OMG-THIS! It took me years to get over, “why doesn’t she like me?” Until I realized…you know what, I don’t really LIKE HER!

6 Amy Elaine { 06.23.15 at 10:26 am }

Oh my goodness, yes. There is an amazingly hilarious Amy Schumer sketch about this – there are a panel of powerful women on a stage, and all they can say is “sorry” about everything.

7 Working mom of 2 { 06.23.15 at 10:29 am }

Yes, beets. Cauliflower is yummy.

Sadly this is still true in the workplace. Lean In covered this somewhat. Assert yourself and you’re an unlikeable bitch.

8 Cristy { 06.23.15 at 11:27 am }

*Zucchini is mine. Can’t seem to find a way to cook it that doesn’t make me gag.

I completely agree that women are far more prone to this than man. But to some degree we all suffer from likeability. On one hand, this can had a positive role with reinforcing socially acceptable behavior. But it can also have the opposite as you pointed out very nicely. I too struggle with finding middle ground. When I twist too much, I find I’m more likely to snap in general.

9 deathstar { 06.23.15 at 11:27 am }

Oh, yeah. The second you speak up and assert yourself, you run the risk of being “unlikeable” or “difficult”. I have spent decades waiting to be picked as opposed to being the one who does the picking. And I ended up with crap boyfriends because I didn’t want to be a “bitch”. My nieces went off on Oprah once because they learned she wasn’t “nice”. And I said, who the F*** cares, she’s an Black woman who has defied the odds and built an empire and a network, impacted millions of people, made a gazillion dollars, who the f*** cares if she’s NICE.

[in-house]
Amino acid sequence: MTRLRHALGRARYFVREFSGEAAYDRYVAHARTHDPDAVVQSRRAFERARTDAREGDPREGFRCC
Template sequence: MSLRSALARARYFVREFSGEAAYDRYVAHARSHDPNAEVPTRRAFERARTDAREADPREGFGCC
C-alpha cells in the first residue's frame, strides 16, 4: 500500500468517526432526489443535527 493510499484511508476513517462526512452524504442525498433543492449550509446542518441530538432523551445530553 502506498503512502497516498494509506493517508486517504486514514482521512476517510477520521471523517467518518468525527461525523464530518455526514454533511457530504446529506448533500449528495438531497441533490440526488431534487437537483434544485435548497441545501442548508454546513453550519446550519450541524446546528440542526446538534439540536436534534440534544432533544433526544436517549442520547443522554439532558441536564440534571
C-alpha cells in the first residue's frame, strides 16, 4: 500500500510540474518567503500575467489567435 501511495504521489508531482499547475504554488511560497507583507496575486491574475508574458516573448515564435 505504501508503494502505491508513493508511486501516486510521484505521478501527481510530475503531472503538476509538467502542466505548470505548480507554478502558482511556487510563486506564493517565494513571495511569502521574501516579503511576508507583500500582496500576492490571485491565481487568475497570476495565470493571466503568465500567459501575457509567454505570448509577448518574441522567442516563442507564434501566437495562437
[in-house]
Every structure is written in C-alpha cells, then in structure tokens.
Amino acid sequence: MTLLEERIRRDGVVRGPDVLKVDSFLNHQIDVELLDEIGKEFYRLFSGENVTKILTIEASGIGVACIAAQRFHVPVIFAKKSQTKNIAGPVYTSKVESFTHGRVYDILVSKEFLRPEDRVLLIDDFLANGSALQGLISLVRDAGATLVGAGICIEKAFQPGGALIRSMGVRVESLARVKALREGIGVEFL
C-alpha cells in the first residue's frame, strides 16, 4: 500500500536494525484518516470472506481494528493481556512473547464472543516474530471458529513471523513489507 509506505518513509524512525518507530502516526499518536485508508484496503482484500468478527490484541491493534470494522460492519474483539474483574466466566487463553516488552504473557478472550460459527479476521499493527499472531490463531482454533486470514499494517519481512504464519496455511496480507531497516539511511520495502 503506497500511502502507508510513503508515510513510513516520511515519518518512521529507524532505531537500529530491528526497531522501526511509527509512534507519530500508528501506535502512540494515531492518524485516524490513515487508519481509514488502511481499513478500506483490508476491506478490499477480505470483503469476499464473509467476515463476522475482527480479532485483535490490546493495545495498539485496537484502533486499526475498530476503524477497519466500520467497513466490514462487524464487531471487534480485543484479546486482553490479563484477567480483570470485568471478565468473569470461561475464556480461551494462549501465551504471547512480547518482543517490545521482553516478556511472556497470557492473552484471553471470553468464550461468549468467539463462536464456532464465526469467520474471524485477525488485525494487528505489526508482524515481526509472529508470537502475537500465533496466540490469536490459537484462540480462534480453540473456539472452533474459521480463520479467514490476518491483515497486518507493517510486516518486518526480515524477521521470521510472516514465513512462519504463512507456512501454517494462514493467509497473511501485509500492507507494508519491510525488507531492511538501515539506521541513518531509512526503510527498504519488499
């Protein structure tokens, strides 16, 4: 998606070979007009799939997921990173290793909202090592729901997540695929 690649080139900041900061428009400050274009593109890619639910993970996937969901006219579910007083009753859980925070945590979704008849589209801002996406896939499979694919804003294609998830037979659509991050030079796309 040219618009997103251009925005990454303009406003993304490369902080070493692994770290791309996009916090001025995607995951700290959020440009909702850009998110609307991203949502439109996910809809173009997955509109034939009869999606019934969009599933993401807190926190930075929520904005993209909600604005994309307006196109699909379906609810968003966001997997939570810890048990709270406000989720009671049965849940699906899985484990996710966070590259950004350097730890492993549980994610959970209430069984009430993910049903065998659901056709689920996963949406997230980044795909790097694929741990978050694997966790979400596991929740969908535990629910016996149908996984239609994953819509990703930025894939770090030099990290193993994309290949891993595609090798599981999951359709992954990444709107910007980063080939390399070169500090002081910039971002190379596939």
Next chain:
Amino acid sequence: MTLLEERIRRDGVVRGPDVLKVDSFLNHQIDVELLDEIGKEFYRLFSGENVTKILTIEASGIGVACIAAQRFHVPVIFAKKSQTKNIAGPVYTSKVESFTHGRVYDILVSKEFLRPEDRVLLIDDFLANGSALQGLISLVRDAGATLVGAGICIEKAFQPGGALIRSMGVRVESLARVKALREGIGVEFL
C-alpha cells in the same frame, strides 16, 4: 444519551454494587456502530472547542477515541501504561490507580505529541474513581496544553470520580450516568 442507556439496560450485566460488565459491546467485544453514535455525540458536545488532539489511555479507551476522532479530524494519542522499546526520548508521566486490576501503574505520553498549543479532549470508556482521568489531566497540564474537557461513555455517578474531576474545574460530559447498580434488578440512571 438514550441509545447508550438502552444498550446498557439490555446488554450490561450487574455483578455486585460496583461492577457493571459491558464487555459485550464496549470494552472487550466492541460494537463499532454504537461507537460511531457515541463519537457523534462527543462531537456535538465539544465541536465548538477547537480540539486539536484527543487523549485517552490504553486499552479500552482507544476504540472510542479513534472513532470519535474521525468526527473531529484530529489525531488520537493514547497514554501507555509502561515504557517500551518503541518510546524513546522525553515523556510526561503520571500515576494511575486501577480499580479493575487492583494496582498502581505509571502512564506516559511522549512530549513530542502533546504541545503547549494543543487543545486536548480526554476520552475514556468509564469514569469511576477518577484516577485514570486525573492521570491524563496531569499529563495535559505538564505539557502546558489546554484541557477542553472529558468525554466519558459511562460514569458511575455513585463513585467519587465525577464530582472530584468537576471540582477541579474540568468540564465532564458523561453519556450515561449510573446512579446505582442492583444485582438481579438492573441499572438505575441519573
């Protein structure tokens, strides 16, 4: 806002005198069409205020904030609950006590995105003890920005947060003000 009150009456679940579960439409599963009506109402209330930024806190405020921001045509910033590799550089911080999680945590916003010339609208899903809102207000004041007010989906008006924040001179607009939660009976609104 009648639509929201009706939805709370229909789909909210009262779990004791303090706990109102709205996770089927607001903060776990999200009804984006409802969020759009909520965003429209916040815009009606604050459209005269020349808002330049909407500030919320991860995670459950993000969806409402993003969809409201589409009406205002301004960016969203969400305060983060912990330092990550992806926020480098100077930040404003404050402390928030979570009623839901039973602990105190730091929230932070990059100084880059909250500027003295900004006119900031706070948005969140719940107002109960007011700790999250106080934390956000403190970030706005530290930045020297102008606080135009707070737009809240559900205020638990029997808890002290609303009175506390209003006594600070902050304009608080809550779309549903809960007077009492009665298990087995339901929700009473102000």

10 SRB { 06.23.15 at 12:17 pm }

I can relate to this and it’s been something I have been thinking about a lot for the last 2-3 years. Especially with blogging, to be honest. I REALLY wanted everyone to like me and tied myself up in knots over it. I care a lot less about that now, which simply means that I care less what others think of me and more what *I* think of me. After losing two friendships for stupid reasons, I refocussed on people who truly care about me for who I really am (and who I trusted to show them that). So, a double-edged sword I guess. But yeah… stand up for yourself and you’re a bitch. Awesome.